Thursday, September 5, 2013

Assessing, Respecting, Encouraging

During these early days of the school year, we all spend a great deal of time getting to know our students.  We are busy assessing what they know and what they can do across many subjects areas.  We do so that we can differentiate our instruction, focus our teaching, and respect what students already know!  We also assess so that our administrators and parents can quantify what we have taught, but that is a post for another day!

As I was listening to students read and watching them write yesterday, I was thinking about the impact of every word out of my mouth before, during and after the assessment.  Peter Johnston was standing right there beside me (not really :), but certainly his words were ringing in my head) as I greeted new students telling them al little about me and eagerly welcoming them to my school.  I welcomed back 'old' students eagerly hearing about their summer adventures at the town camp or in Cancun.  I greeted each one with a smile and embraced wherever they had been before and whatever they had done during the summer.  I tried to make sure they knew what we would be doing, as far as this intake assessment was concerned, and why we were doing it!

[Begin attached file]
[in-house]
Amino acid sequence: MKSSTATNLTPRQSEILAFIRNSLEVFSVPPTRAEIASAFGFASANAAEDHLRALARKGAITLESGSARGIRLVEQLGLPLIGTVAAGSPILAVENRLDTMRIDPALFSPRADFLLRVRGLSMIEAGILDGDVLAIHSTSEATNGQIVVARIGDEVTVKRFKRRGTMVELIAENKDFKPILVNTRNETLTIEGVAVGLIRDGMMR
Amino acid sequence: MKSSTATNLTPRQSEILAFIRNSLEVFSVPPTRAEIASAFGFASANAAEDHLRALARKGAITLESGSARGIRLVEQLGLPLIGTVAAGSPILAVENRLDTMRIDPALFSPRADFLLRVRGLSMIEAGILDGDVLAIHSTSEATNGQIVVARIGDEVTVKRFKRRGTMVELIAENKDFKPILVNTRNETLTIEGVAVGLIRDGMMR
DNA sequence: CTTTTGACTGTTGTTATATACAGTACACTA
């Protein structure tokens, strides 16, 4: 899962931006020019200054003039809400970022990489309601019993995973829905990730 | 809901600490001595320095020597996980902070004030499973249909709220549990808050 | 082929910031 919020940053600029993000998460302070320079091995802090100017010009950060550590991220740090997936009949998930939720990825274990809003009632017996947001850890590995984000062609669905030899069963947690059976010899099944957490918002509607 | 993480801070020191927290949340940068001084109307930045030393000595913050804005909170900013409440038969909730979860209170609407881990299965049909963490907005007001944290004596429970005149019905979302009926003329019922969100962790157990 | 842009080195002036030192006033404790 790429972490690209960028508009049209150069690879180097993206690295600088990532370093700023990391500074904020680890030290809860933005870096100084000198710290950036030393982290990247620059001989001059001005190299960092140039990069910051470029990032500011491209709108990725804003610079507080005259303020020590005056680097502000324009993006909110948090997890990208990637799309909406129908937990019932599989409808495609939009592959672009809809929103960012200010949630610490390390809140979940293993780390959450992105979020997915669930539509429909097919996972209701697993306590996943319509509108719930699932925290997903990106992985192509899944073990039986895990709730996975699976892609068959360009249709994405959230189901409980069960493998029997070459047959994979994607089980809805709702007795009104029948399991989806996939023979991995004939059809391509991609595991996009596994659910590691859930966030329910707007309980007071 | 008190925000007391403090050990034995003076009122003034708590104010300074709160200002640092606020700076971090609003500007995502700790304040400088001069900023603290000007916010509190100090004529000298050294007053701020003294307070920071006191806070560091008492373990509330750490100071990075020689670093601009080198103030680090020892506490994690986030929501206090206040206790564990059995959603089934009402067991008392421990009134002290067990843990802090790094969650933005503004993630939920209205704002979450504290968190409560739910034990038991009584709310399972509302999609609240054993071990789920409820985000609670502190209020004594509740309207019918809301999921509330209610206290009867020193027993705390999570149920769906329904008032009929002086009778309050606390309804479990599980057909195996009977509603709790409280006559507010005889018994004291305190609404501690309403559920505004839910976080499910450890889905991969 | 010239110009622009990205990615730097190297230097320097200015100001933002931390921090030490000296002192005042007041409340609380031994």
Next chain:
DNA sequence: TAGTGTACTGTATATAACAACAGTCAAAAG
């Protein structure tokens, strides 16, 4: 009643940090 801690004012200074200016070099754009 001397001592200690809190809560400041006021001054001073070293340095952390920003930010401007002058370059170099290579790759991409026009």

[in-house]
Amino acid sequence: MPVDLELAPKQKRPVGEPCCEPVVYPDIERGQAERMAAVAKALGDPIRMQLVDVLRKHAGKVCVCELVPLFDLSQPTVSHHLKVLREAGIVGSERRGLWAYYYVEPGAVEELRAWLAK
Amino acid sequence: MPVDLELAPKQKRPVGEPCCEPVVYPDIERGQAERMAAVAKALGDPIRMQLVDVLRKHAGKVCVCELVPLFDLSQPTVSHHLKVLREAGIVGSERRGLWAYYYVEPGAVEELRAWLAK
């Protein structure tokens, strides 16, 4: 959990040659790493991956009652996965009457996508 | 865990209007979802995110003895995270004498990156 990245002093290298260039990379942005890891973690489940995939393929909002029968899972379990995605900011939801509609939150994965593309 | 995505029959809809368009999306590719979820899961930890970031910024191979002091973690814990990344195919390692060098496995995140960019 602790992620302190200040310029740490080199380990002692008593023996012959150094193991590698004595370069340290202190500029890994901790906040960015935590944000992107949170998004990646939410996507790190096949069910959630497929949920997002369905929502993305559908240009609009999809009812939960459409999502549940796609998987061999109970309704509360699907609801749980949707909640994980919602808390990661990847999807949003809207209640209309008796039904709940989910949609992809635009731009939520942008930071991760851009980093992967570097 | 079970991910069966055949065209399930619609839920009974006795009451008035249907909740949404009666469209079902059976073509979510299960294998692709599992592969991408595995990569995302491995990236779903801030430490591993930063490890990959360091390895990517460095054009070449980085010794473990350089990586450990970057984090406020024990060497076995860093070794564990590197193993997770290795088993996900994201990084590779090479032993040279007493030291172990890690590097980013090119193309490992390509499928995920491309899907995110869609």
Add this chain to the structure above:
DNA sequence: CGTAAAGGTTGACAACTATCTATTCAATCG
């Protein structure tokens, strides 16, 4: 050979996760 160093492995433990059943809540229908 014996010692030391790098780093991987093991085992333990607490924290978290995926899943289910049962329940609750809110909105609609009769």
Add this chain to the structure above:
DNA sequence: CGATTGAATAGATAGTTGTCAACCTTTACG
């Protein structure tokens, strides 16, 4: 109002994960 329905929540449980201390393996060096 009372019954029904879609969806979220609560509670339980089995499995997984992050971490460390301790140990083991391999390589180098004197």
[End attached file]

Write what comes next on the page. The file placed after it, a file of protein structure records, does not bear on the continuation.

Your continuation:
As I was assessing and thinking about all the assessment our students will face in these early days, a few guidelines kept popping into my head.  It is critically important that our assessing respects the diverse needs and differences in our students.  It is also important that our assessments encourage rather than discourage or raise the angst in our students; so, I made a poster (see below)!  

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